The Milkweed Monarchs – Commended NHS Entry – Hippocrates Poetry Prize 2014


The Milkweed Monarchs

I was riding my favourite bike. The Chopper
with the red flag and the silver streamers on the handlebars.
Minding my own business, cruising down Beach Road
to school at Kaikoura Flat. Happened right outside the
Whale Watch Office. “Idiot tourists,” Dad said,
“never bloody look where they’re going.”

Don’t remember much after that. Just the pain
in my tummy, the chunder and that funny shaped
bruise that crept like a shadow across my skin.
“Handlebars mashed his Pancreas,” the guy said to Mum
after they airlifted me to Christchurch. Wish I could
remember the ride. They’d given me the needle by then.

Couldn’t understand a word when I came to; most of
the docs were from England. Got my own room
on the kids ward though, was pretty stoked at first.
Turns out nine weeks in one room can really turn you off
a place. Kept telling me I couldn’t eat and put a stupid
tube in my chest, for the ‘food’ to drip in overnight.

Would’ve gone mad if it weren’t for the Monarchs.
Mum and Dad bought them in from the farm,
loads of tiny ones on bunches of Milkweed. Boy were
they hungry, just ate and ate whilst I couldn’t. Got fatter
and fatter, the black and yellow stripes growing
further apart. Docs were more interested in them than me.

Didn’t mind though, those ugly critters. Gave most of them
names. Watched how they crawled round my room before
they tucked their tails under like upside-down question marks.
Mum said I was daft, but I knew they would save me.
As soon as they slipped on those bright green overcoats
and changed for good, wearing precious crowns of gold.

“Coincidence,” the docs said. I don’t reckon. My pancreas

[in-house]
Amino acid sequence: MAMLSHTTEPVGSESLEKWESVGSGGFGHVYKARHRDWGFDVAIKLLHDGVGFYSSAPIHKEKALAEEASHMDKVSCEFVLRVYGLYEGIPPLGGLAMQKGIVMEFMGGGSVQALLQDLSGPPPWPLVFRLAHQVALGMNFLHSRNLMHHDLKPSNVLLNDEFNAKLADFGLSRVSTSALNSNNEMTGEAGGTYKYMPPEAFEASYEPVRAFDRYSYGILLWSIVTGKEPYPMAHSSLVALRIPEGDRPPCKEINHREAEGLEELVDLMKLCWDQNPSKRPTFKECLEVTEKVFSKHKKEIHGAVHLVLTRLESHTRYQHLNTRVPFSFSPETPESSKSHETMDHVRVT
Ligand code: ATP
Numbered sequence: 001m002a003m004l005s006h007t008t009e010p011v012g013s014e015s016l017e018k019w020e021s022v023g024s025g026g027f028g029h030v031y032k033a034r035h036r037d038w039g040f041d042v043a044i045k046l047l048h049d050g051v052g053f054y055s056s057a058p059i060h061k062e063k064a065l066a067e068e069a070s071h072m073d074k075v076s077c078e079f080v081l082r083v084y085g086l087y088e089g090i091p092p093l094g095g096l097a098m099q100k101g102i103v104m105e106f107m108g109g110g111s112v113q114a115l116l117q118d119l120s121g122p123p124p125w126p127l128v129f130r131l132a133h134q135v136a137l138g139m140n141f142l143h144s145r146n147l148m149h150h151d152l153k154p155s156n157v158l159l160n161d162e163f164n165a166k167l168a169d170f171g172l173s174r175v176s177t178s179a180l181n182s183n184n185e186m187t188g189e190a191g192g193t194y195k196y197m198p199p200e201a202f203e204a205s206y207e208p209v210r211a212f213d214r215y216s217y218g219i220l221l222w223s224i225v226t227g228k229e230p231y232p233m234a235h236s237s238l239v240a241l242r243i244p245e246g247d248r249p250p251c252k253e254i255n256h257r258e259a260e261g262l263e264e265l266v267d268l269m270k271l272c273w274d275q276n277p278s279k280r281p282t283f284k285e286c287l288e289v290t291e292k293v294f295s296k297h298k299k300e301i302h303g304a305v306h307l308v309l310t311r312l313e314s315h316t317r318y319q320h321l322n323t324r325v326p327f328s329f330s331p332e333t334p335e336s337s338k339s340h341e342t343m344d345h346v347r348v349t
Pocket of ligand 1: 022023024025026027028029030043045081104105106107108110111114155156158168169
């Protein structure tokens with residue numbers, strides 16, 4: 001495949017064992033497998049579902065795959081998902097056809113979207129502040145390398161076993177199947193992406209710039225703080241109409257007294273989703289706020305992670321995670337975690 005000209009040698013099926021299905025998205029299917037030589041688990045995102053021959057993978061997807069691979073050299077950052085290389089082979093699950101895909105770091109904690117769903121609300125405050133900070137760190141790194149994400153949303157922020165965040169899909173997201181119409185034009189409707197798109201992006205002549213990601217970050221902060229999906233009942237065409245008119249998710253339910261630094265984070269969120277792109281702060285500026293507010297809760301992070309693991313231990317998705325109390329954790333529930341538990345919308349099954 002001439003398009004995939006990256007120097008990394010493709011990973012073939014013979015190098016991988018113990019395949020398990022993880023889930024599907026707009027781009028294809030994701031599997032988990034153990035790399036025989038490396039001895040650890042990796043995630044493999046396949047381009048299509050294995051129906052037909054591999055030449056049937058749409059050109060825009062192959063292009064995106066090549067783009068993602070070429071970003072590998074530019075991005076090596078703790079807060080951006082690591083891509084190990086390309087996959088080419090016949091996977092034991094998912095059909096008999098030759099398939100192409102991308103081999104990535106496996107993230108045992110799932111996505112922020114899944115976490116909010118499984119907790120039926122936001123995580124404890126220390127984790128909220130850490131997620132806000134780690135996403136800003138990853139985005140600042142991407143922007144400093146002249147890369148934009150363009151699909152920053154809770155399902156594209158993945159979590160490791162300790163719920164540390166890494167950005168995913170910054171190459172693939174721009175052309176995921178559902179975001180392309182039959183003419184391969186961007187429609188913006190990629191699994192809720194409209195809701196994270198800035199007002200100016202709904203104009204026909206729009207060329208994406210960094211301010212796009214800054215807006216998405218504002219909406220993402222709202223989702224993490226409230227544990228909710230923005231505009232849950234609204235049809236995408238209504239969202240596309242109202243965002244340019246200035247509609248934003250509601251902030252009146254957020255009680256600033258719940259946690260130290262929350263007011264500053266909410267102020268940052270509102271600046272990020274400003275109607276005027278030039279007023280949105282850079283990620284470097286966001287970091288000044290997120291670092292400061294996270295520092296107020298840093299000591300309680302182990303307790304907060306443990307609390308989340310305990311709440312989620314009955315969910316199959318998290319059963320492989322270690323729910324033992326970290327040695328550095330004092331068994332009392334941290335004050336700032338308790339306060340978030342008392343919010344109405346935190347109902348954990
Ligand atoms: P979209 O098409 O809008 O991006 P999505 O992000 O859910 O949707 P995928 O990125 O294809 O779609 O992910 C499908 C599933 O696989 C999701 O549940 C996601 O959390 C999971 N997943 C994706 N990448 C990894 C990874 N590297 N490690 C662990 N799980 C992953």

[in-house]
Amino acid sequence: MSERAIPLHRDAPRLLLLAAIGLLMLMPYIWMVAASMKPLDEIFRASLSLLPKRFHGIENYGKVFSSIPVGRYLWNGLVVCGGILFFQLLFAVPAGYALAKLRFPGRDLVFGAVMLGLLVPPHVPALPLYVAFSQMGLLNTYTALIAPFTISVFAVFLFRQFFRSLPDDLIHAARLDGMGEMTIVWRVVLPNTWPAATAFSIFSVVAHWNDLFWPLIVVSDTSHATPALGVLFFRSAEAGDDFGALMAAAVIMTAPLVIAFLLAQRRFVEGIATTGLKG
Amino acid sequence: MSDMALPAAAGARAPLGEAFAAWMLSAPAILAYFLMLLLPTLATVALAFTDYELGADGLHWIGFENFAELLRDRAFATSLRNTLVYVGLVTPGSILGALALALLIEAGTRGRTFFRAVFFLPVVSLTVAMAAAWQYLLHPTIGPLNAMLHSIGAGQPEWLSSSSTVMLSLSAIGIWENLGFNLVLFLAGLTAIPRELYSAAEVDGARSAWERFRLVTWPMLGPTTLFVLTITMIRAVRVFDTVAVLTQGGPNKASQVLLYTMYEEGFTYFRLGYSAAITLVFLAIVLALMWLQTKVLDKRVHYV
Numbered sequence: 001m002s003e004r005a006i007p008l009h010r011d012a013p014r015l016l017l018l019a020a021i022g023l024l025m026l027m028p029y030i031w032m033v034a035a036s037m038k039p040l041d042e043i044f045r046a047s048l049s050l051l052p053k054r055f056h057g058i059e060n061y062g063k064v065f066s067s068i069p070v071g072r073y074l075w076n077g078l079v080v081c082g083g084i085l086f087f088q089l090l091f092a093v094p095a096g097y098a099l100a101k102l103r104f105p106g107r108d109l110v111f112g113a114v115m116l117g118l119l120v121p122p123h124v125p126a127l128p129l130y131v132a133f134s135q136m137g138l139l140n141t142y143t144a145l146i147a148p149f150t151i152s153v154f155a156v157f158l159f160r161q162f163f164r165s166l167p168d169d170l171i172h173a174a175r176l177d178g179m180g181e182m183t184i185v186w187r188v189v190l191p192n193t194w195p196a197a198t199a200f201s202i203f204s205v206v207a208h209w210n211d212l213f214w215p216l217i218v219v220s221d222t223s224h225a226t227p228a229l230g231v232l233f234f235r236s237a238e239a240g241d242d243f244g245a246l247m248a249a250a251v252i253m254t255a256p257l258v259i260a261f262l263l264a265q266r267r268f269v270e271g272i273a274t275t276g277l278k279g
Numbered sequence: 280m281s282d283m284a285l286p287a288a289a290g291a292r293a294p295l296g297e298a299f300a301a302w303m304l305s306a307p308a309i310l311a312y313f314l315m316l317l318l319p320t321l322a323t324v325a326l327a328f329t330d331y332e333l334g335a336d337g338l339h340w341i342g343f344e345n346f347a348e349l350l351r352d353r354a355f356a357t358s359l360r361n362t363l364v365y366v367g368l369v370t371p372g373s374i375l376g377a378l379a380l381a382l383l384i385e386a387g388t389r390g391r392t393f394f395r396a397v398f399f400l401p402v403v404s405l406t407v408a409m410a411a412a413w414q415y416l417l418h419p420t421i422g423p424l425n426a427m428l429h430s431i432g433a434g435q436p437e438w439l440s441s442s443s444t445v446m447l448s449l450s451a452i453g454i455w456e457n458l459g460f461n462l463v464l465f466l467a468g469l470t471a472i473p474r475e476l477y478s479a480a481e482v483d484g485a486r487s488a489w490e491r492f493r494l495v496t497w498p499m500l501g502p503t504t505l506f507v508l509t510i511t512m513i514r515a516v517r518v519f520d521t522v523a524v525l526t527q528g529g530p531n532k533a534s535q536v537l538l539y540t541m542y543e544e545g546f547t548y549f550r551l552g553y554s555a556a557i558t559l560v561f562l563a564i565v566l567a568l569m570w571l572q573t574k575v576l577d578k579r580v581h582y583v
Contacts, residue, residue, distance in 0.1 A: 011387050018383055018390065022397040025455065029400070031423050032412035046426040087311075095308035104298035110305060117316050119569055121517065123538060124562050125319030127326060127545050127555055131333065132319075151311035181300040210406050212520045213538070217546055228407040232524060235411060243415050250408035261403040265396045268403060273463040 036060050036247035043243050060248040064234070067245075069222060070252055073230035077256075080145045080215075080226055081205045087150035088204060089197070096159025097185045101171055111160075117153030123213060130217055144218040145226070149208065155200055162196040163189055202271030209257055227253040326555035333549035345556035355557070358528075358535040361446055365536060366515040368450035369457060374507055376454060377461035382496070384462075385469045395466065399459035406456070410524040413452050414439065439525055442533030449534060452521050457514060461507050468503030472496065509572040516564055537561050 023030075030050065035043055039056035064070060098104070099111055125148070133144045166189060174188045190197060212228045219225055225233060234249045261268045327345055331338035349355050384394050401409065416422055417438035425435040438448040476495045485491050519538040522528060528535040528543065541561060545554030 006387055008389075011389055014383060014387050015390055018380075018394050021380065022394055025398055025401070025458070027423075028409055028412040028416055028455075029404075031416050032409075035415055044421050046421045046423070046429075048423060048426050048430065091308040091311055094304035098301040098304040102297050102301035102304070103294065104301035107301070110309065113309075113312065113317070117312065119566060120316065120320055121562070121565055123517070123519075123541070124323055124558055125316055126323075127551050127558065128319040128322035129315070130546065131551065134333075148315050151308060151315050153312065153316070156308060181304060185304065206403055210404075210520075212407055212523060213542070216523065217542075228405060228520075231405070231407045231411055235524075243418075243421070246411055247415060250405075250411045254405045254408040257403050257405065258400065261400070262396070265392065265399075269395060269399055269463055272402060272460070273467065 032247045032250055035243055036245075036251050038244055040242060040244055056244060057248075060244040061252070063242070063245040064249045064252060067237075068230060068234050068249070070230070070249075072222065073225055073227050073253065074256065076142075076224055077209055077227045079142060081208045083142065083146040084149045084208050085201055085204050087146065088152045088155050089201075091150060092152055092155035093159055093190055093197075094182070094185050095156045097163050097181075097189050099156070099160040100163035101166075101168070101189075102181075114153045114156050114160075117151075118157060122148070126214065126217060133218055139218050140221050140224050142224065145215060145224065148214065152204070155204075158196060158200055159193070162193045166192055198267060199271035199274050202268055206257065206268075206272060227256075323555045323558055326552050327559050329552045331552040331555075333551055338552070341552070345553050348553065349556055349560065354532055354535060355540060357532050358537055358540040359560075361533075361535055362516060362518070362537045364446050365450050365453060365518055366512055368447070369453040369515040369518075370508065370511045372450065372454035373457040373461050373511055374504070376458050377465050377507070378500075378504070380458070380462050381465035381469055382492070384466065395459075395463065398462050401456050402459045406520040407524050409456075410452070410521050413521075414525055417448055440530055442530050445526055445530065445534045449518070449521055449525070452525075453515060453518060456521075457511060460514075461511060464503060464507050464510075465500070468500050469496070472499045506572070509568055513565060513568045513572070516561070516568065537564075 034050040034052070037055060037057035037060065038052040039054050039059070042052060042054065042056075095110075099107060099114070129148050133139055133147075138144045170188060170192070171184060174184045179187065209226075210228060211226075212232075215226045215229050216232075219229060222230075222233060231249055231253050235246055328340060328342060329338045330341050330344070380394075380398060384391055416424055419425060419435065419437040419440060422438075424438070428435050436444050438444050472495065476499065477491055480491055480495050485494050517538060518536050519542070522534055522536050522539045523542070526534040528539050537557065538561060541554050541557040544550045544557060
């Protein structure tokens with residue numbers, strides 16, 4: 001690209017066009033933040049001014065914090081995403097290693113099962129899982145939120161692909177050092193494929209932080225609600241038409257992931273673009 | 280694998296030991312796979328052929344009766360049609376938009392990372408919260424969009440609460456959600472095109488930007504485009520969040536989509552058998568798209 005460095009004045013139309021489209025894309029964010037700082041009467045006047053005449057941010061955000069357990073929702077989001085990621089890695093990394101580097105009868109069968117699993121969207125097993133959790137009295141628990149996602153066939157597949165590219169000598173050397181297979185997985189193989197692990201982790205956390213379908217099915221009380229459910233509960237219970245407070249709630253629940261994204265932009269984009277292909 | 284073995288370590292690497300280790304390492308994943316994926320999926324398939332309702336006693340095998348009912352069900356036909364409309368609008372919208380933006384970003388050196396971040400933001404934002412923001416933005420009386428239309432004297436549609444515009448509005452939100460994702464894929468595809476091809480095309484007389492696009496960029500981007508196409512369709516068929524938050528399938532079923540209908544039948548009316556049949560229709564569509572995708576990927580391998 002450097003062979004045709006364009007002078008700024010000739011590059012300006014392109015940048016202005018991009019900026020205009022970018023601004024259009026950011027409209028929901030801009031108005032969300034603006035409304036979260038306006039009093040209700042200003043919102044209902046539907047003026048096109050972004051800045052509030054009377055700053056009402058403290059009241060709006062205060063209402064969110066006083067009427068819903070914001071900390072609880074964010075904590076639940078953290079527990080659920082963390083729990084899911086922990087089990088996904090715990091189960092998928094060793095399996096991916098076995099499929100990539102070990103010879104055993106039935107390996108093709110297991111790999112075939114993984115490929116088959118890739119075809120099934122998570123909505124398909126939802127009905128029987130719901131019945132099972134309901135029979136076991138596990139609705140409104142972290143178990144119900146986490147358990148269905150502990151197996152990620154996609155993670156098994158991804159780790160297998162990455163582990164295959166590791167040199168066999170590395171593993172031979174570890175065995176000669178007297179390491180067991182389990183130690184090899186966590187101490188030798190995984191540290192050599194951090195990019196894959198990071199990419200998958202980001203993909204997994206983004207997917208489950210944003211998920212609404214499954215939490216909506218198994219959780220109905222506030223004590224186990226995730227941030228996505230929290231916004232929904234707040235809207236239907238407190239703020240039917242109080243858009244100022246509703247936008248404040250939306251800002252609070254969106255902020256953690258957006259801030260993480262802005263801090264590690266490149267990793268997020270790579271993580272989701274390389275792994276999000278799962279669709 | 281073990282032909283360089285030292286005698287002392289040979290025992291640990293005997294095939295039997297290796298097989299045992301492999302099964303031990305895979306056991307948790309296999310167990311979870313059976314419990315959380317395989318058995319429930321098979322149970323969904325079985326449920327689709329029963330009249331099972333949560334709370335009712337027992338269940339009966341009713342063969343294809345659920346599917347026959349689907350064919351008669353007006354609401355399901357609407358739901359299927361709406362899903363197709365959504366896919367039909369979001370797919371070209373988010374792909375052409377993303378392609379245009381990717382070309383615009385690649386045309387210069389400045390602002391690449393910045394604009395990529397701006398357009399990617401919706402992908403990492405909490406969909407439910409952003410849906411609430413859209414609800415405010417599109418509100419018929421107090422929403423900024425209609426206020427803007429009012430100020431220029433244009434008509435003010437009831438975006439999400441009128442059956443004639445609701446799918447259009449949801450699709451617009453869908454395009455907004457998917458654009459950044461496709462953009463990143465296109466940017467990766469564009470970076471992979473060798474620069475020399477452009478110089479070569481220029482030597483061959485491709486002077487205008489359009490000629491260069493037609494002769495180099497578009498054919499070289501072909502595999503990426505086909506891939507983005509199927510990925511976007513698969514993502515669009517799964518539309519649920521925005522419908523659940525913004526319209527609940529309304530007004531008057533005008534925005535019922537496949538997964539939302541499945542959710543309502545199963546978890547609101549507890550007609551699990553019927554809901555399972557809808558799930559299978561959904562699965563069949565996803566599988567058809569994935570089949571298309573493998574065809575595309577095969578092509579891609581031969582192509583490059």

would’ve been stuffed if it weren’t for them. When the
cocoons turned black and then transparent, I could see
orange wings inside. First one came out all small and wet
with a loud POP. Just like the noise my brother makes
when people kiss on TV. I knew it was my time too.

Pressed the buzzer and the nurses came flying.
Pulled out the drips, blood spurting over the sheets
but I was free. Stretched my arms wide and stuffed a
Chocolate Fish in my mouth before they got near me.
You should’ve heard the shouting, but I didn’t care;
there weren’t no Pseudocyst in me no more.


I was inspired to write the poem ‘The Milkweed Monarchs’ after working as a junior doctor in Paediatrics in New Zealand. The parents of a patient brought in Milkweed plants with tiny caterpillars on to entertain her (and all the staff too.) The memory of those caterpillars turning into Monarch butterflies on the children’s ward whilst the patient recovered is something that will always stay with me.


The Hippocrates Prize has attracted interest from 61 countries in the 5 years since its launch.
The prize, at £5000 is among the largest of its kind in the world for a single poem.
It aims to bring together interest in the interface between health and poetry from health professionals, patients and their families, and poets from around the world.


Words Copyright Eliot North 2014.


Image from Brain Pickings – ‘Art, Science and Butterfly Metamorphosis: How a 17th-Century Woman Laid the Foundations of Modern Entomology.’

(I realise this isn’t a Monarch Image or Milkweed BUT it’s a lovely image and a great post from Brain Pickings. Check it to below……)


Ensemble : A Poem about the beginnings of Performing Research

Ensemble : A Poem about the beginnings of Performing Research


In darkness, we gather at St Luke’s
on Claremont. Light shines
from mullioned windows.

Strangers, we search for a way inside
(outside our normal spheres.)

Known only by symbols:
we do not speak, yet we say so much.

We move alone
before we group and clump,
divide and separate.

Making mirrors of each other’s bodies.

We Stop,
We Go,
Jump Up,
Crouch Down.

Go back then forwards.
Or is it just the reverse?

We make eye contact,
then break away.

Only to look back over our shoulders
(before doing it again with someone new.)

Nothing here is proper:
we are no longer comforted by fact.

Instructed we form a circle.
Move closer, closer,closer
until our bodies touch.

Shoulder to shoulder,
arm in arm,
holding ourselves and then each other.
Palm to palm,
flesh pressed into flesh.

We move,
always some part of our body in contact
with another’s.

Out of curiosity,
and then in anger.
Through mud and water
we make connections.

Breathing, sweating, limbs entwining,
clamouring to the compass points.

Repelled and attracted in equal measure.

Neither death nor gravity can part us:

We Move Together
As One.

Words Copyright Eliot North 2014